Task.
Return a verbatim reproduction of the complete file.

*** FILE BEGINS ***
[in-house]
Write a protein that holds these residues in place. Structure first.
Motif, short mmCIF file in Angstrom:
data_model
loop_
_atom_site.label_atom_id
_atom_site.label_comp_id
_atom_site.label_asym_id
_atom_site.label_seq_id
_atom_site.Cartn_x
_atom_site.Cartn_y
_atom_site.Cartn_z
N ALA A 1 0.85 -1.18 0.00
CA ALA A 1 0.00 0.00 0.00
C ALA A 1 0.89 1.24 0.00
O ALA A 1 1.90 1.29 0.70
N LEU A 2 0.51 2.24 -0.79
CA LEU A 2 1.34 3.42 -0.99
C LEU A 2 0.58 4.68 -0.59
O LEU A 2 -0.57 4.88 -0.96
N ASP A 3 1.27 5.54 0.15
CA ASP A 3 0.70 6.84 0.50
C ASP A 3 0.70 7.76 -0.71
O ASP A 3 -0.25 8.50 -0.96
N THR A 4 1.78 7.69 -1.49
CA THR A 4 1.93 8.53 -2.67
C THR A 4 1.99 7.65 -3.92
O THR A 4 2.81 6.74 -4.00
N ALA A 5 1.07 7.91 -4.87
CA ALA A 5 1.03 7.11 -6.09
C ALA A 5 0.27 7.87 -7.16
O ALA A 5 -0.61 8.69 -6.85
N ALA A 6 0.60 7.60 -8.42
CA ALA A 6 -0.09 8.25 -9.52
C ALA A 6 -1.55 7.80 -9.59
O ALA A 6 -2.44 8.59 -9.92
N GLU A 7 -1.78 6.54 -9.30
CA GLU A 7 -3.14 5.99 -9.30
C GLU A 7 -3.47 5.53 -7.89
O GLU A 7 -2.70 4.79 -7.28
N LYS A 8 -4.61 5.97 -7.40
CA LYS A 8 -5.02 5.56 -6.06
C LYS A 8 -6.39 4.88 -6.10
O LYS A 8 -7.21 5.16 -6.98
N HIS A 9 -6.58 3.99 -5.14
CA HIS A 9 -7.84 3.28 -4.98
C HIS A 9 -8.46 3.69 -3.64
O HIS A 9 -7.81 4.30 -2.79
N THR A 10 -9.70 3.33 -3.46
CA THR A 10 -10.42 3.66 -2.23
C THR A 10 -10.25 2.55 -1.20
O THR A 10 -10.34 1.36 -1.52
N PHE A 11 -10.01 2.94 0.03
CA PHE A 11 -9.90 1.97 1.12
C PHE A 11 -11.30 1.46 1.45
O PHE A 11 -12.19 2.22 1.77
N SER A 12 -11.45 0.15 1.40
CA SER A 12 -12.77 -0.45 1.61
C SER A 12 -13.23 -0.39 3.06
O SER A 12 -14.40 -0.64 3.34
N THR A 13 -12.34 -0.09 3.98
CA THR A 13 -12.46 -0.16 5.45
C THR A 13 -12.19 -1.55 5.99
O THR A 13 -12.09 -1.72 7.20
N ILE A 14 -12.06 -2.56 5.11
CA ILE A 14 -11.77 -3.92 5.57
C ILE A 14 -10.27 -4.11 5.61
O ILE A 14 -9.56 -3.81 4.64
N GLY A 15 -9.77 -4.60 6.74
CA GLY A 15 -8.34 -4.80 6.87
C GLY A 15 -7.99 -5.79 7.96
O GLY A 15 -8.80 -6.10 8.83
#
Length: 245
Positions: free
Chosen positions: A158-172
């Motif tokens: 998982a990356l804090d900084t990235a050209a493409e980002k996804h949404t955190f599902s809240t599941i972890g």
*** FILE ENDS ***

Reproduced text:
[in-house]
Write a protein that holds these residues in place. Structure first.
Motif, short mmCIF file in Angstrom:
data_model
loop_
_atom_site.label_atom_id
_atom_site.label_comp_id
_atom_site.label_asym_id
_atom_site.label_seq_id
_atom_site.Cartn_x
_atom_site.Cartn_y
_atom_site.Cartn_z
N ALA A 1 0.85 -1.18 0.00
CA ALA A 1 0.00 0.00 0.00
C ALA A 1 0.89 1.24 0.00
O ALA A 1 1.90 1.29 0.70
N LEU A 2 0.51 2.24 -0.79
CA LEU A 2 1.34 3.42 -0.99
C LEU A 2 0.58 4.68 -0.59
O LEU A 2 -0.57 4.88 -0.96
N ASP A 3 1.27 5.54 0.15
CA ASP A 3 0.70 6.84 0.50
C ASP A 3 0.70 7.76 -0.71
O ASP A 3 -0.25 8.50 -0.96
N THR A 4 1.78 7.69 -1.49
CA THR A 4 1.93 8.53 -2.67
C THR A 4 1.99 7.65 -3.92
O THR A 4 2.81 6.74 -4.00
N ALA A 5 1.07 7.91 -4.87
CA ALA A 5 1.03 7.11 -6.09
C ALA A 5 0.27 7.87 -7.16
O ALA A 5 -0.61 8.69 -6.85
N ALA A 6 0.60 7.60 -8.42
CA ALA A 6 -0.09 8.25 -9.52
C ALA A 6 -1.55 7.80 -9.59
O ALA A 6 -2.44 8.59 -9.92
N GLU A 7 -1.78 6.54 -9.30
CA GLU A 7 -3.14 5.99 -9.30
C GLU A 7 -3.47 5.53 -7.89
O GLU A 7 -2.70 4.79 -7.28
N LYS A 8 -4.61 5.97 -7.40
CA LYS A 8 -5.02 5.56 -6.06
C LYS A 8 -6.39 4.88 -6.10
O LYS A 8 -7.21 5.16 -6.98
N HIS A 9 -6.58 3.99 -5.14
CA HIS A 9 -7.84 3.28 -4.98
C HIS A 9 -8.46 3.69 -3.64
O HIS A 9 -7.81 4.30 -2.79
N THR A 10 -9.70 3.33 -3.46
CA THR A 10 -10.42 3.66 -2.23
C THR A 10 -10.25 2.55 -1.20
O THR A 10 -10.34 1.36 -1.52
N PHE A 11 -10.01 2.94 0.03
CA PHE A 11 -9.90 1.97 1.12
C PHE A 11 -11.30 1.46 1.45
O PHE A 11 -12.19 2.22 1.77
N SER A 12 -11.45 0.15 1.40
CA SER A 12 -12.77 -0.45 1.61
C SER A 12 -13.23 -0.39 3.06
O SER A 12 -14.40 -0.64 3.34
N THR A 13 -12.34 -0.09 3.98
CA THR A 13 -12.46 -0.16 5.45
C THR A 13 -12.19 -1.55 5.99
O THR A 13 -12.09 -1.72 7.20
N ILE A 14 -12.06 -2.56 5.11
CA ILE A 14 -11.77 -3.92 5.57
C ILE A 14 -10.27 -4.11 5.61
O ILE A 14 -9.56 -3.81 4.64
N GLY A 15 -9.77 -4.60 6.74
CA GLY A 15 -8.34 -4.80 6.87
C GLY A 15 -7.99 -5.79 7.96
O GLY A 15 -8.80 -6.10 8.83
#
Length: 245
Positions: free
Chosen positions: A158-172
């Motif tokens: 998982a990356l804090d900084t990235a050209a493409e980002k996804h949404t955190f599902s809240t599941i972890g």